N.K. rewrites party rules on power succession
In an apparent bid to facilitate its hereditary power succession, North Korea has rewritten major regulations governing its ruling party, allowing its leader-in-waiting to take full control of the state with greater ease, a government source said Thursday.
The revisions were approved at the landmark convention of the top Workers’ Party delegates in September, during which Kim Jong-un, the youngest son of leader Kim Jong-il, rose as a vice chairman of the Central Military Commission, the source said.
“The revisions paved the way for the Kims to monopolize every part of the North Korean system while making it official that the country is a dynasty,” the source said, asking not to be named because of the intelligence nature of the documents he cited.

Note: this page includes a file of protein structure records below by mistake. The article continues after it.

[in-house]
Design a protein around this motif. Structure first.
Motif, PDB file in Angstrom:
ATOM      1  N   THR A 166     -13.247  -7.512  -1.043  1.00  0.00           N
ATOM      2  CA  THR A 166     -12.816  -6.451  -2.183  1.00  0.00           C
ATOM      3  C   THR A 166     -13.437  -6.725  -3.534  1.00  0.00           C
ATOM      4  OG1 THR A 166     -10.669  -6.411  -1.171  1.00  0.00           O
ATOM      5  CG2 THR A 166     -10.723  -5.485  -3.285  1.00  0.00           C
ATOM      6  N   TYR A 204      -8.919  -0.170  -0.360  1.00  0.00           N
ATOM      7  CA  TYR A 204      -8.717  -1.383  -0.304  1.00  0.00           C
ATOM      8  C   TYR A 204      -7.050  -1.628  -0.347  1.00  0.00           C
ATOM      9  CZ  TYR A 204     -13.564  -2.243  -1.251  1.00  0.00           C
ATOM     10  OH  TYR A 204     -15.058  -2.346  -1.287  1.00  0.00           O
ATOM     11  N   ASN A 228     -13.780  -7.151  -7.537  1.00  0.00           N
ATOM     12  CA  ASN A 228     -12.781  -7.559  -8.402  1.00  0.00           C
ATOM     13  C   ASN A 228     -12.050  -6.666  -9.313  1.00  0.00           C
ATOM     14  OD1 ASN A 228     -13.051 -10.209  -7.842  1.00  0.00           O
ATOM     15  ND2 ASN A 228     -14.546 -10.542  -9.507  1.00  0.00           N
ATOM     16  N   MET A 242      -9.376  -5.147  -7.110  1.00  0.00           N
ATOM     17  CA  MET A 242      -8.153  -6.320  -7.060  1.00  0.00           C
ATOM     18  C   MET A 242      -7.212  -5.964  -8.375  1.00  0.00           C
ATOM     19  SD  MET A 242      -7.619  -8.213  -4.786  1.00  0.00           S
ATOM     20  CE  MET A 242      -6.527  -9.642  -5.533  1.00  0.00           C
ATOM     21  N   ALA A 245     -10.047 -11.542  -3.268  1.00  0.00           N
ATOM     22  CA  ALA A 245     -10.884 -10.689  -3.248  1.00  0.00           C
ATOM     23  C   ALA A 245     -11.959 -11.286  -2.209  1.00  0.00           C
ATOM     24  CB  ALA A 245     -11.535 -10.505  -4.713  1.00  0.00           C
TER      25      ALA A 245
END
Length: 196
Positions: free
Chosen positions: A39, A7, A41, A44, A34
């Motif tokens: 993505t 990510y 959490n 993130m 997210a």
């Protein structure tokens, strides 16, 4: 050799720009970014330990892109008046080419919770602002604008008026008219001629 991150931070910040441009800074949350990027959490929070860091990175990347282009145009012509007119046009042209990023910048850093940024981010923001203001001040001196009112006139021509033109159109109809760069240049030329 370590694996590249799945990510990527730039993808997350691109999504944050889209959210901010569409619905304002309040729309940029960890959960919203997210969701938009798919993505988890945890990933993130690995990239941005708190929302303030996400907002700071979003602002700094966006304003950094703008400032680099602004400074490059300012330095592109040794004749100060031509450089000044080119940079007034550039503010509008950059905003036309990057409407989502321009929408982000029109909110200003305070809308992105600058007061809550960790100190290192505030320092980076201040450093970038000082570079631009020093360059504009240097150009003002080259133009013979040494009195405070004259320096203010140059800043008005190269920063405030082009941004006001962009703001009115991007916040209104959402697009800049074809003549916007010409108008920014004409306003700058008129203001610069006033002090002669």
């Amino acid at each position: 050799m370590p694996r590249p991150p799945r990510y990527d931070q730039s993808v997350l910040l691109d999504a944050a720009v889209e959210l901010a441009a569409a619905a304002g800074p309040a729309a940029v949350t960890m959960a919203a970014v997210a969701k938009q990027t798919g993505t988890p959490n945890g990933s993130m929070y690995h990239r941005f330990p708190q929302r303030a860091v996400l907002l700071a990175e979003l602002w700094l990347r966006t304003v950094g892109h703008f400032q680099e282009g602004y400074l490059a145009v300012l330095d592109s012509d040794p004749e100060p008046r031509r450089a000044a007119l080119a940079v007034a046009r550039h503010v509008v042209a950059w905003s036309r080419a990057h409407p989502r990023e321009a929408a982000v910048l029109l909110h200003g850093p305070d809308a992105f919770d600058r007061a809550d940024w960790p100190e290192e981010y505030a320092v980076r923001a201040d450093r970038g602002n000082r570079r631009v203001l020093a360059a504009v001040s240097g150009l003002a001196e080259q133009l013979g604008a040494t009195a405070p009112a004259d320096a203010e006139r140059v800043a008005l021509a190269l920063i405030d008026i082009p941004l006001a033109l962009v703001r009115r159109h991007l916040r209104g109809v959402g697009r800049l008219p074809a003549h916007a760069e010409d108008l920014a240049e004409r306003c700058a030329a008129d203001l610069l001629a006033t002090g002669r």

North Korea removed a clause that made it mandatory for the party to hold a general convention every five years, the source said. Instead, the party can now elect senior members and revise its regulations just by holding a top delegates’ meeting.
“Another measure that makes it easy for Kim Jong-un to take power is to automatically appoint the party secretary as head of the Central Military Commission,” the source said, adding that the move suggests Kim Jong-un, a four-star general, may be on track to succeeding his father as party secretary.
“This allows Kim Jong-un to control both the party and the military just by rising to the top of the party, the source said.
Kim is believed to be no older than 28. His birthday is this Saturday, Jan. 8.
The Central Military Commission within the party has also been given more power, the source said, as it now “governs all defense and military programs conducted between each party convention.”
The revision signals that the commission may grow more powerful than the National Defense Commission, the highest seat of power headed by Kim Jong-il but not yet joined by Kim Jong-un, he said.